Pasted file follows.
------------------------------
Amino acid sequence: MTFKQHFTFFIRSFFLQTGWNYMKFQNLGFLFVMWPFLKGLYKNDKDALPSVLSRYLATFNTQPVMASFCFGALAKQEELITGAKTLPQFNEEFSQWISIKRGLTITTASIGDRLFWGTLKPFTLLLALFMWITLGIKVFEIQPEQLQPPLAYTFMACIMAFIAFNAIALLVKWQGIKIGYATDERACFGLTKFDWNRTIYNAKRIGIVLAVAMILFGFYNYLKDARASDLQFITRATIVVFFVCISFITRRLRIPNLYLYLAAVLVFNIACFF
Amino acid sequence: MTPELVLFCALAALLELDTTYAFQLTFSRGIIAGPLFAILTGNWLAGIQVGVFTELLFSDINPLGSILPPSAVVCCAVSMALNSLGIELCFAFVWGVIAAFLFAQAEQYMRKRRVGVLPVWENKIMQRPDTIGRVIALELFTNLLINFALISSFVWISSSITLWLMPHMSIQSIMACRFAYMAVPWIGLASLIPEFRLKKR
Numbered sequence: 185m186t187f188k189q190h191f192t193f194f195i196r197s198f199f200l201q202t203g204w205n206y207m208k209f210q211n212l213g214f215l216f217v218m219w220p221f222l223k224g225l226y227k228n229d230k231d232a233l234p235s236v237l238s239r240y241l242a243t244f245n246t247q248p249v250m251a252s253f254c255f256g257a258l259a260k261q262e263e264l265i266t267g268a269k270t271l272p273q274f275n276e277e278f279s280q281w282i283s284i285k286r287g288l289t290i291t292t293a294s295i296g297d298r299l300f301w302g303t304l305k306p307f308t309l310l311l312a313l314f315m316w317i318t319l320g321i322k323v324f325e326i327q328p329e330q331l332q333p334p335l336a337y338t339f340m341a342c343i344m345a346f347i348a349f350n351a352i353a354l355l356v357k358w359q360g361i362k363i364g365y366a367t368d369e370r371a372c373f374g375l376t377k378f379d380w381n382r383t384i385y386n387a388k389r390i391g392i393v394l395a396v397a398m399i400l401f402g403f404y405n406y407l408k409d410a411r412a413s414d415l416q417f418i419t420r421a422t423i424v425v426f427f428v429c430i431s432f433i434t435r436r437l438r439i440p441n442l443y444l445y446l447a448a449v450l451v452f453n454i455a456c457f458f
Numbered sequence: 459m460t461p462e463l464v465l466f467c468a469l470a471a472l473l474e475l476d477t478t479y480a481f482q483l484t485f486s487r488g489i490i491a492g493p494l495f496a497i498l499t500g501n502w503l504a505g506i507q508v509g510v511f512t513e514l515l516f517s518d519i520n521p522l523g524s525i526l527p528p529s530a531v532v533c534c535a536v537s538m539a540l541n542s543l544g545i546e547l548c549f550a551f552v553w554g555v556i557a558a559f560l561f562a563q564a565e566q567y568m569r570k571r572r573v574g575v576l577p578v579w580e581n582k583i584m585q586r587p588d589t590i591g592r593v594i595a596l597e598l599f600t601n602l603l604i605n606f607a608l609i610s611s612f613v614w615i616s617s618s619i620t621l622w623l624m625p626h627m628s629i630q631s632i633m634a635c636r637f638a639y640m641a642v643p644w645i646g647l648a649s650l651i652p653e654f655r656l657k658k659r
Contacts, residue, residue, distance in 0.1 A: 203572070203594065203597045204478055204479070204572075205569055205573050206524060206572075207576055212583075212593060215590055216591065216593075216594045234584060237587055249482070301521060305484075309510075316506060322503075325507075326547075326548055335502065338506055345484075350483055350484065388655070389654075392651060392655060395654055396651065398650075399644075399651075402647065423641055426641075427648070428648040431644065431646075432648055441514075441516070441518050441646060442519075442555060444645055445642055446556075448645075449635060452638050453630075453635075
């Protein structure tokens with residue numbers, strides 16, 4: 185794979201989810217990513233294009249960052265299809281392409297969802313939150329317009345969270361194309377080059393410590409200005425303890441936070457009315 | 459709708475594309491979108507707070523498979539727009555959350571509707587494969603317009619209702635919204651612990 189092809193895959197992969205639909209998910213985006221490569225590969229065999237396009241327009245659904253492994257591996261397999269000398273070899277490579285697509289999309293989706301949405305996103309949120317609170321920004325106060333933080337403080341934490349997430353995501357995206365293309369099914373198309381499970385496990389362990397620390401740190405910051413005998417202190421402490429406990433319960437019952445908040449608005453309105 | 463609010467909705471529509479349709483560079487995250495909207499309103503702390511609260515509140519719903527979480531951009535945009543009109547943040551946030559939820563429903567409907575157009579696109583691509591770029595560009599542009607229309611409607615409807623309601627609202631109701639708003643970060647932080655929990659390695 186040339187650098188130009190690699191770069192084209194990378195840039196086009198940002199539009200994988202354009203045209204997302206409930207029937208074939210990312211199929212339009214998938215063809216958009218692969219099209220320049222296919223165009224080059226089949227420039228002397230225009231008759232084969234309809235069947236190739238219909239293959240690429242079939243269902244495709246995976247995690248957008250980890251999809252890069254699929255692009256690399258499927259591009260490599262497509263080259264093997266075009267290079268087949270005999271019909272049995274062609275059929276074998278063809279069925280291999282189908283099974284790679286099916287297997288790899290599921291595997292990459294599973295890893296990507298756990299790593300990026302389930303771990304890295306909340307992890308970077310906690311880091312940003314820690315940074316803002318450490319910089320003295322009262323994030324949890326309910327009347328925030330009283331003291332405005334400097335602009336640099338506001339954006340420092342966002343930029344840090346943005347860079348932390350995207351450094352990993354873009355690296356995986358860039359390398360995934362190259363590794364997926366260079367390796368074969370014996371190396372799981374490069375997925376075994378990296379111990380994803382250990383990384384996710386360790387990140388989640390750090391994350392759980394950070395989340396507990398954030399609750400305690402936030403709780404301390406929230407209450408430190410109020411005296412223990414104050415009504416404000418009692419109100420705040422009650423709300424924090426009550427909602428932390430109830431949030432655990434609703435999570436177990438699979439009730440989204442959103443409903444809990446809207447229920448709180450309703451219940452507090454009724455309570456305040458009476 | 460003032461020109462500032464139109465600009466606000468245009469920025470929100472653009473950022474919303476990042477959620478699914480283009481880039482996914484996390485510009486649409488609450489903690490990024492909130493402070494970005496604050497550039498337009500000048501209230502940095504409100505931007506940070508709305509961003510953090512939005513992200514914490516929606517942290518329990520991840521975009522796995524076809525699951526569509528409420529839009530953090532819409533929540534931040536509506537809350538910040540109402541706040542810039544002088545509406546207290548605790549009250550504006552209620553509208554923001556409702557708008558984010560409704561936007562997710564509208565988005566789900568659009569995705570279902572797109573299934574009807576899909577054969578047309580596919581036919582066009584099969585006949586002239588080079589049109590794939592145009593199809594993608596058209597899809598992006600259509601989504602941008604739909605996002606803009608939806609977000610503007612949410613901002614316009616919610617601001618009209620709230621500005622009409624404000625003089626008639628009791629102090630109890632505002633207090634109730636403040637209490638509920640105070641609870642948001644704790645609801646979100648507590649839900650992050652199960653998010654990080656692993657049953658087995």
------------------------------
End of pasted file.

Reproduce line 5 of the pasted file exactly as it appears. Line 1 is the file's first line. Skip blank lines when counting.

Contacts, residue, residue, distance in 0.1 A: 203572070203594065203597045204478055204479070204572075205569055205573050206524060206572075207576055212583075212593060215590055216591065216593075216594045234584060237587055249482070301521060305484075309510075316506060322503075325507075326547075326548055335502065338506055345484075350483055350484065388655070389654075392651060392655060395654055396651065398650075399644075399651075402647065423641055426641075427648070428648040431644065431646075432648055441514075441516070441518050441646060442519075442555060444645055445642055446556075448645075449635060452638050453630075453635075